One-Off Edition, Inspired By Ancient Chinese Pottery And Designed By Contemporary Chinese Artist Lu Hao, Sells To Shanghai-Based Bidder
A few weeks ago, we wrote about the collaboration between Ferrari and Chinese artist Lu Hao on a one-of-a-kind model of the company’s localized Ferrari 599 GTB Fiorino China (limited to a run of only 12), set to be auctioned off for charity. Featuring unique accents like a carved jade ignition button and ancient xiaozhuan script inscriptions on the inside and a distinctive trompe-l’œil paint job incorporating the faint green hue and cracked pattern of Ge Kiln porcelain from China’s Song Dynasty, the Lu Hao Ferrari is an example of the intensive localization efforts that even the world’s top luxury brands are employing to capture market share on the high end while building long-term brand loyalty among the emerging monied class.
According to China Daily, this week the Lu Hao Ferrari sold at auction to an anonymous Shanghai-based bidder for US$2 million, with the proceeds going to fund engineering students and teachers from Bejing’s “ivy league” Tsinghua University to study in Milan and at Ferrari’s headquarters. From the China Daily piece:
Michael Schumacher had previously unveiled the car designed by Chinese artist Lu Hao and decorated with Song Dynasty (960-1279) Ge Kiln pottery patterns. “It is a very good mix of Chinese inspiration, an artist’s eye and Italian technology,” said the seven-time Formula One champion.
The 40-year-old Lu is one of China’s most influential contemporary artists. His works have been collected in many museums around the world, including the Museum of the University of Cambridge, the Ullens Center for Contemporary Art, and the Singapore Art Museum.
The light blue-colored body of the car looks like a patchwork of jade fragments, with all the characters on the dial and buttons done in xiaozhuan, an archaic form of Chinese calligraphy.
“This work embodies my understanding of the essence of Chinese culture and the Ferrari brand,” said Lu.
His commission began when Ferrari decided to make a special model for its Chinese customers this May, and approached Lu. Lu said he had nothing in mind when he got the assignment. One night, after work, he strolled into a small restaurant near his apartment. He asked the waitress to pass him an ashtray and noticed its Ge Kiln pottery pattern. “Suddenly, I knew what I should do.”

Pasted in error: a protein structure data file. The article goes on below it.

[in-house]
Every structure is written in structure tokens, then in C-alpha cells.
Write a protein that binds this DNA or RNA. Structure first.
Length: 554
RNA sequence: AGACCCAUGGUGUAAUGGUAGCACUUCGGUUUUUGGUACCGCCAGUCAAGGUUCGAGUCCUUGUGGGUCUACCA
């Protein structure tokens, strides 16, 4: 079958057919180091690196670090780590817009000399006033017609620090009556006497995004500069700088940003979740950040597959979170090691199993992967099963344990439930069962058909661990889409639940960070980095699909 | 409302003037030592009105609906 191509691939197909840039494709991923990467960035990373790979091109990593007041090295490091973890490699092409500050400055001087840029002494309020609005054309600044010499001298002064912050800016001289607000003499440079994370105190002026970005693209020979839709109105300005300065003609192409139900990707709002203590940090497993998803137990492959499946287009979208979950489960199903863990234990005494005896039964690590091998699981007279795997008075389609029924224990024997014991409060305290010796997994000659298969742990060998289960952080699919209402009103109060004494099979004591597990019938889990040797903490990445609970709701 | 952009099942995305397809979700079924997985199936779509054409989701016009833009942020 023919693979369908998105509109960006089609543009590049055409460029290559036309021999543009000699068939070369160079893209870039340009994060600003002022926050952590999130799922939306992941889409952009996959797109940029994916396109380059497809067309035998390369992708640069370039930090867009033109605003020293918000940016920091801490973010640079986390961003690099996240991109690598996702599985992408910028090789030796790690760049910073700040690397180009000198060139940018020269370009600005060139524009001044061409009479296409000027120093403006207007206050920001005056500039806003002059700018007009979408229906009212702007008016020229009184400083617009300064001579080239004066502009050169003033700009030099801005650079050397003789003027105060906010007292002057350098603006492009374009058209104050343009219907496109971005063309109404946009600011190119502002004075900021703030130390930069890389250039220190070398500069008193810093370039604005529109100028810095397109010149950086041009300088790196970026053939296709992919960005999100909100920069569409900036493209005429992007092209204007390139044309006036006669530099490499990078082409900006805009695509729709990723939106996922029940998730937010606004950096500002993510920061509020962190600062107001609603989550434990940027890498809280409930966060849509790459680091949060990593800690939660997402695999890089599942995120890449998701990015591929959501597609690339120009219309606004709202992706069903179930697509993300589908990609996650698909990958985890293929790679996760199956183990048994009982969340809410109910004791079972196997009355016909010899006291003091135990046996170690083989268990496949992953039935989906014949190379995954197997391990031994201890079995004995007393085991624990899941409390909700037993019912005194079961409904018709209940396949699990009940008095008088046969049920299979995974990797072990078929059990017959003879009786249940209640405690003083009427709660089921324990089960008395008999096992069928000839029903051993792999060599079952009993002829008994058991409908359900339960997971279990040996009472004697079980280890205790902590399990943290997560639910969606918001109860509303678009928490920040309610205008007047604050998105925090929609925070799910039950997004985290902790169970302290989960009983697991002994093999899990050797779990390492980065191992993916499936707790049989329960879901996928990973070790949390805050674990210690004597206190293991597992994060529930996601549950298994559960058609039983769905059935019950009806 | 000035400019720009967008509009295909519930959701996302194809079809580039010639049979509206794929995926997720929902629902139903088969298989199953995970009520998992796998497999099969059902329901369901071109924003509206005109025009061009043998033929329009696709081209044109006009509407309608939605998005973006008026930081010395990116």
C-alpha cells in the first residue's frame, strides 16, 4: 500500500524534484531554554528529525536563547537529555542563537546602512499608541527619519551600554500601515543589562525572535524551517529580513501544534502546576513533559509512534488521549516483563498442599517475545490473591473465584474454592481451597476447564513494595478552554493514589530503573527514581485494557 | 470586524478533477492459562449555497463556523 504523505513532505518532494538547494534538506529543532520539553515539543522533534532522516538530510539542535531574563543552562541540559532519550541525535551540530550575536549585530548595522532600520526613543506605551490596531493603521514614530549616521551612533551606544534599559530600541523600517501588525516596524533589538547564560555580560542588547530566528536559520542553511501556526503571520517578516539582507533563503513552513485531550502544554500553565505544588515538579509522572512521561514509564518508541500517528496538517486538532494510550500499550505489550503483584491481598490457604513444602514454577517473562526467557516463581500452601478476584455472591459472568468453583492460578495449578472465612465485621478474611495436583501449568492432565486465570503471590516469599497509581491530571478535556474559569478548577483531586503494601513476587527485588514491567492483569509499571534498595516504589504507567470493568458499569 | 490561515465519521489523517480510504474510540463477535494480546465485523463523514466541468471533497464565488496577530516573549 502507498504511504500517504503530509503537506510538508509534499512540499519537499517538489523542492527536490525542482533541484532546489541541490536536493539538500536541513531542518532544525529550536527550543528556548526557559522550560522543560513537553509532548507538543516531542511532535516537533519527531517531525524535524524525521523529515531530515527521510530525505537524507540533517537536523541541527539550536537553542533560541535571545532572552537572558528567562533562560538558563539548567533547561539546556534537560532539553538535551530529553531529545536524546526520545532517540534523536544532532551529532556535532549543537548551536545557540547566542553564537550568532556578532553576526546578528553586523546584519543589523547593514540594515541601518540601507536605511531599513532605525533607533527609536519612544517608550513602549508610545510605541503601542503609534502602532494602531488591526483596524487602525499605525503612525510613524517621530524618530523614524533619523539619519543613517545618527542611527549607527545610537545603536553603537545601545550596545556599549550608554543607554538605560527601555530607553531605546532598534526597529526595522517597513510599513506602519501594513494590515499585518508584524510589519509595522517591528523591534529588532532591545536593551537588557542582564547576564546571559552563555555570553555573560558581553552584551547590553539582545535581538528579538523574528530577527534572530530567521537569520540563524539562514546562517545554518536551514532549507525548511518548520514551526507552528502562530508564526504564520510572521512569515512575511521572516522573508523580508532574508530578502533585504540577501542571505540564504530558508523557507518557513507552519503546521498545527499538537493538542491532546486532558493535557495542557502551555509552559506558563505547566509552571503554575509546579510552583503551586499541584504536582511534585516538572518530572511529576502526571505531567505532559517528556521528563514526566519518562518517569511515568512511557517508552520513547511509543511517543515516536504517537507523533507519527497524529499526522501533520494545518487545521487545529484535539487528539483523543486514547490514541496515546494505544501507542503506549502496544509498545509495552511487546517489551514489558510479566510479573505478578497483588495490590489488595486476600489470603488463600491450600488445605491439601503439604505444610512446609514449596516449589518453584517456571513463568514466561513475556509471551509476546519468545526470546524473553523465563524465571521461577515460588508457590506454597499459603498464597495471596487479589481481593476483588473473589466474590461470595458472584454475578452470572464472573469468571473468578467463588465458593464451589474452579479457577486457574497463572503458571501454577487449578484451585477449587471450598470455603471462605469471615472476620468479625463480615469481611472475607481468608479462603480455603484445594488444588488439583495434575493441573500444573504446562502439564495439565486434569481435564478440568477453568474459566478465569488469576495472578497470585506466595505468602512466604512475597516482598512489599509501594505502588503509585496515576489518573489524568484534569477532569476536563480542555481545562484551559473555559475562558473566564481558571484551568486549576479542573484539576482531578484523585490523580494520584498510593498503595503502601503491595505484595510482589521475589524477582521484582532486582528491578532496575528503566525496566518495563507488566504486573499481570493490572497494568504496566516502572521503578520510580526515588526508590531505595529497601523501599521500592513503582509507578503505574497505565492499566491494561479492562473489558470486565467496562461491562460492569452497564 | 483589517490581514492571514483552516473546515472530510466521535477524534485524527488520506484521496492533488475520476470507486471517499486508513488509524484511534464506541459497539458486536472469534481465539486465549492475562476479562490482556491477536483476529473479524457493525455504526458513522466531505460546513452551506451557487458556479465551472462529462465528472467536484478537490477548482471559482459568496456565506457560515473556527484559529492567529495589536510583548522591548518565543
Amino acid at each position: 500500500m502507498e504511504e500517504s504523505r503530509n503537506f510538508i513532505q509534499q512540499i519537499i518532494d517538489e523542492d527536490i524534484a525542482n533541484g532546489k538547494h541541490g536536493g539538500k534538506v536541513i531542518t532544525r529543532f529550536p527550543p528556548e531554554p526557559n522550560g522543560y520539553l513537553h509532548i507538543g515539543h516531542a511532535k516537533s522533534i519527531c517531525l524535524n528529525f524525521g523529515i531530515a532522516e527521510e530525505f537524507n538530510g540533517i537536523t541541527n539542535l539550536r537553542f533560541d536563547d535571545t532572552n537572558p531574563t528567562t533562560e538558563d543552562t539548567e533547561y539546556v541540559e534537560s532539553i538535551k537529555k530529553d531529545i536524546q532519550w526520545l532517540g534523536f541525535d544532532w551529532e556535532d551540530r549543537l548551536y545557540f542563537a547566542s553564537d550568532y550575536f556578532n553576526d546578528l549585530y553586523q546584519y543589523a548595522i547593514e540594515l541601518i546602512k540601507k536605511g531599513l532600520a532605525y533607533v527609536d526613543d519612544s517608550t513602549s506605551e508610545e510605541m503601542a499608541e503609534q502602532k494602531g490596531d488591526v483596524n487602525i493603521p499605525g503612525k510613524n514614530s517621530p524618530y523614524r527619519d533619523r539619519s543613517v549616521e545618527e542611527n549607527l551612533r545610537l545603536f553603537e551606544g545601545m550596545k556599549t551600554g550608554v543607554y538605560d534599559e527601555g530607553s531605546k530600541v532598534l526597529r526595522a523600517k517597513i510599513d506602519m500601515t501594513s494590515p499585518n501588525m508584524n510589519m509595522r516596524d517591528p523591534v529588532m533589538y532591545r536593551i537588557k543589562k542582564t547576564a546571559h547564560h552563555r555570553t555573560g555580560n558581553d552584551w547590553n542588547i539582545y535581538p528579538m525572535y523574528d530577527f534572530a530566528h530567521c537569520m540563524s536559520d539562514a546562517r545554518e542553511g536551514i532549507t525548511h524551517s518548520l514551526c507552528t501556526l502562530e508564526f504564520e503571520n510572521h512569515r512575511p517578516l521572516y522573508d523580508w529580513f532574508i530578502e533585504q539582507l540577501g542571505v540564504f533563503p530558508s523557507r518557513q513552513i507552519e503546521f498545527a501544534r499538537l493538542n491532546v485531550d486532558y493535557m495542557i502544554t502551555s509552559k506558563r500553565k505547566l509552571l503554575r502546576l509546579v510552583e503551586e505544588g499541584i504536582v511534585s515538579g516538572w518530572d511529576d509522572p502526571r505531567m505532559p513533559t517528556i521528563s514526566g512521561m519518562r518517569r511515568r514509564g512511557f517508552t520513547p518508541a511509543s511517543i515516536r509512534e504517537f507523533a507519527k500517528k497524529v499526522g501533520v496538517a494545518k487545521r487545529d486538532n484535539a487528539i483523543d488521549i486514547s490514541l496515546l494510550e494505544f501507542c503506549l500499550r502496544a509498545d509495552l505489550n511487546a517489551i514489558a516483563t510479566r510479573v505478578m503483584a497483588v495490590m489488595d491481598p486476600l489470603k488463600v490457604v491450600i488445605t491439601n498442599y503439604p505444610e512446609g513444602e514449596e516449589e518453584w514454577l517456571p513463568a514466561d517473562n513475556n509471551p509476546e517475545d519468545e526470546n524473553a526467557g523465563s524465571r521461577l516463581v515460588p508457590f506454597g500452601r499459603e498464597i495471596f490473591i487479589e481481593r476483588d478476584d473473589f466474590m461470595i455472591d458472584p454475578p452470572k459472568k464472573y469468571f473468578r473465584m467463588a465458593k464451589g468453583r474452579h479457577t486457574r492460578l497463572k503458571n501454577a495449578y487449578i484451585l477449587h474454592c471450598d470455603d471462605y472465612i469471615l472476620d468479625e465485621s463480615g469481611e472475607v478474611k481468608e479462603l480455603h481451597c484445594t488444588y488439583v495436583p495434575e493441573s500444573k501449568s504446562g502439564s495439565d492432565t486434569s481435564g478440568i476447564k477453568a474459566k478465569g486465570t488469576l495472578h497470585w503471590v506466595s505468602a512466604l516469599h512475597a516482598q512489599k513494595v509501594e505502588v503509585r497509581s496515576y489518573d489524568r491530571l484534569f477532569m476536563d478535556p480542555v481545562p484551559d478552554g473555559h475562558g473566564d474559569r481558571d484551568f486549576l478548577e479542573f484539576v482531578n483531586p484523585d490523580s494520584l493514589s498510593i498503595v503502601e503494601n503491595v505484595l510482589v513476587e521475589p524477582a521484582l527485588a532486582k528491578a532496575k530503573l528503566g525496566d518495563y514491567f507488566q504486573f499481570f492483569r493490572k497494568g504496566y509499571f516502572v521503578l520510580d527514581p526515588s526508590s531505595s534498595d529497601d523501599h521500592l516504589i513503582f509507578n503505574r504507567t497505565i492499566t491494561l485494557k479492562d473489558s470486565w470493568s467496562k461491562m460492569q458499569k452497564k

“There are less than 300 works of Ge Kiln pottery in the world, and each of them is priceless. I wanted to show this,” says Lu. He took just five minutes to explain what Ge Kiln pottery is, and why the Chinese love jade and its culture. To his surprise, the Ferrari staff thought highly of his ideas and accepted them enthusiastically.
Lu says he has always wondered why numbers and pamphlets in a car sold in the Chinese market were in foreign nomenclature.
Taking his chance, Lu changed all the Arabic numbers on the dial in the Ferrari car into xiaozhuan. “Why should these buttons be in English, and those numbers in Arabic? I was determined to change all the foreign elements into Chinese this time,” Lu says. He used xiaozhuan, he says, because it is a “language known to those who have a deep understanding of Chinese culture”.
Although Lu Hao may be overestimating the familiarity most Chinese have with the archaic xiaozhuan script, he’s on the right track with this project, and he’s right in noting that intensive cultural localization will be the wave of the future in China. Ferrari has probably noticed this, and it would serve other high-end luxury brands to start looking into this as well, if they plan to compete with future Chinese luxury brands on their home turf.